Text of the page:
The William IV has been claimed as the first real bawley, a little craft of only four tons she was built around 1830. From then on each boat built tended to be bigger than the last. The Happy Home , built in 1890, and a good example of the final state of evolution, was 34 ft 10 in. long 12 ft 9 in. beam, and 5 ft 2 in. draft, going 10 1/2 tons measurement. The bawley’s great beam enabled them to carry huge sail plans; The Happy Home’s mast and topmast were together fifty feet long and she would carry nearly a thousand square feet of working sail in addition to kites.
This is the earliest picture I have found where I have a connection to one of the boats. Angler belonged to my Great grandfather Samuel R Turnnidge born 1852 died 1934.
Whiteheads’s boat Verona (LO253) laying in Leigh Creek fully rigged for sailing.
The second son Samuel Robert Turnnidge was named after his father but was always known as Bob he was born in 1882 and died in 1966.
Bob’s boat Iris (LO245) laying in the ray.
His third son Walter John Turnnidge (my Grandfather) was born 1886 and died in 1965. There are a set of four paintings by local Leigh artist Vic Ellis R.S.M.A. of LO7 Ellen (see my web site art gallery) belonging to my family.
Walter’s boat Ellen (LO7) with her main sail scanderlised.
The fourth son Philmer Fredrick Turnnidge was born in 1891 and died in 1966 his first boatwas LO15 Glenalver.
Glenalver laying in leigh creek with no topmast set.
During the second world war Philmer was called up into the National Fire Service so he could not use Glenalver. Philmer loand his boat to his brother-in-law Fredrick Cotgrove Known as Tate. In September 1942 the following article appeared in the Southend Standard.
From the Southed Standard of the 25 September 1941
Loss of Leigh Bawley
Two men killed
The loss is reported of a Leigh Bawley and her crew of two. The boat in question was owned by Mr Philmer. F. Turnnidge, of Hillside Road, Leigh.
In his absence Mr Fredrick George (Tate) Cotgrove aged 69 of 10 Hillside Road, Leigh and Arthur (Blonden) Carter, aged 56 years of Norman Terrace Leigh were manning the boat and both lost their lives.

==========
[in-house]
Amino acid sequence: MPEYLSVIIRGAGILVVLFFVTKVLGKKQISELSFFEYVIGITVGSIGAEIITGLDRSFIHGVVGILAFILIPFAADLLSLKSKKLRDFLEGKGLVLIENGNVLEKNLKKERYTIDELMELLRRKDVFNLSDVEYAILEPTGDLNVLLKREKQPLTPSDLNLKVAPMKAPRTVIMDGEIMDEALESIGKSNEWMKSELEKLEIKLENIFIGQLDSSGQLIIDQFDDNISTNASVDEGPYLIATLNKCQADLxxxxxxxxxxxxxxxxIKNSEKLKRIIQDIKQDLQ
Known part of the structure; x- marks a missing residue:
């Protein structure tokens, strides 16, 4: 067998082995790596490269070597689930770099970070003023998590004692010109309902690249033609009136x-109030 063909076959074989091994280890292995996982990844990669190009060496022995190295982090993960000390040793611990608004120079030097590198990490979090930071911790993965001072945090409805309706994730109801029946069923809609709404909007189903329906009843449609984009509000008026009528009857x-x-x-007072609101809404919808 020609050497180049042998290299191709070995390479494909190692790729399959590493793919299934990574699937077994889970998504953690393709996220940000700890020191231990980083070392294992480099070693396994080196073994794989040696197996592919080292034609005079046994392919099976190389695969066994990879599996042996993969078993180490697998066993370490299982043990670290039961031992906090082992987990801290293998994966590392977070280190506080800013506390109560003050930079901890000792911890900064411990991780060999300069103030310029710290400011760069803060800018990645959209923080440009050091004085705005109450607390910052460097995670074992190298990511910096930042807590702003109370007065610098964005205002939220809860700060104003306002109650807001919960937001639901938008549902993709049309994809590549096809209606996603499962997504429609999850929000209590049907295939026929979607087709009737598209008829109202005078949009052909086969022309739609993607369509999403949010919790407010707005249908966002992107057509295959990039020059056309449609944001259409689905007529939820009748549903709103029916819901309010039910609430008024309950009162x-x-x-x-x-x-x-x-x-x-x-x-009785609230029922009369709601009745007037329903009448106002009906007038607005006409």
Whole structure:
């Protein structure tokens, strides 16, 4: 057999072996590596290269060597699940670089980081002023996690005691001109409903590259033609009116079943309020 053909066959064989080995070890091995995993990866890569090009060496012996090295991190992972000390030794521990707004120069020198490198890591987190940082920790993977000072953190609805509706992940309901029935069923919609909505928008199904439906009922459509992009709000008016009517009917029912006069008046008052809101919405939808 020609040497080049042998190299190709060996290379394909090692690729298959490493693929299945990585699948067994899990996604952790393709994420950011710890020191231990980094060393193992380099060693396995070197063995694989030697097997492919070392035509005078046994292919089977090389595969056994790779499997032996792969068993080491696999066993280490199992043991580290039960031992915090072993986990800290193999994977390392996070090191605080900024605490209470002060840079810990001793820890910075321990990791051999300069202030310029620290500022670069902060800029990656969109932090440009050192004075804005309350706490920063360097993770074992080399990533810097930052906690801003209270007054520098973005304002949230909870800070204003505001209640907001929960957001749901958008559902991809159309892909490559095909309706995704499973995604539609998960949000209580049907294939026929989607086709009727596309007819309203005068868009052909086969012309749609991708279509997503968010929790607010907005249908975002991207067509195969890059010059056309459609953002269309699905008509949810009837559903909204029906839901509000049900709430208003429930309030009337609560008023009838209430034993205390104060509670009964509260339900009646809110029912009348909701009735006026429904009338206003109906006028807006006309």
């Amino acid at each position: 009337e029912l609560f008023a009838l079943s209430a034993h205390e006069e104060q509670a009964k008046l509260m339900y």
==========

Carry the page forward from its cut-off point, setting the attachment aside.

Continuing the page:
Among other Leigh men who were in the vicinity was Mr Cotgrove’s brother-in-law Mr Arthur (Whitehead) Turnnidge. He witnessed the accident.
Both the men were members of Old Leigh fishing families and had lived all their lives in the Old Town where they were well known and popular figures. Mr Cotgrove and his son accompanied the London swimmer, E.H.Temme, on his Channel Crossing and Temme made his home for some years with the Cotgroves while he underwent his training. On several occasions Mr Cotgrove, in his boat, guided Temme successfully in the Essex Long Distance Swimming Championship from the Pier to Bell Wharf. Mr Cotgrove was formerly the owner of the Bawley Honour. Just prior to the war he took over the post of waterman to the Essex Yacht Club. He is survived by a widow, formerly a Miss Emma Turnnidge, daughter of the late Mr Samuel Turnnidge a member of the old Leigh Urban District Council, two sons, Mr Fredrick Cotgrove a member of the Leigh Fire Brigade and Driver Graham Cotgrove, now in the Army and a daughter, Mrs Ritchie of Lymington Avenue, Leigh. Mr Carter leaves only a widow.
Mr Philmer (Jim) Turnnidge, son of owner of the Bawley, would have been on board at the time of the accident had he not joined the Royal Navy a week previously.
Remember that this article was published during the war and would be subject to sensorship. The full story was published in the Southend evening Echo 19 September 1991 50 years later written by his grandson Terry Cotgrove.
From the Southed Evening Echo of the 19 September 1991
Tragedy is no stranger to the seafaring families of Old Leigh. But one that shook the tightly-knit community 50 years ago today could not be told outside the town because of wartime reporting restrictions. Terry Cotgrove describes how his Grandfather lost his life by a chance twist of fate.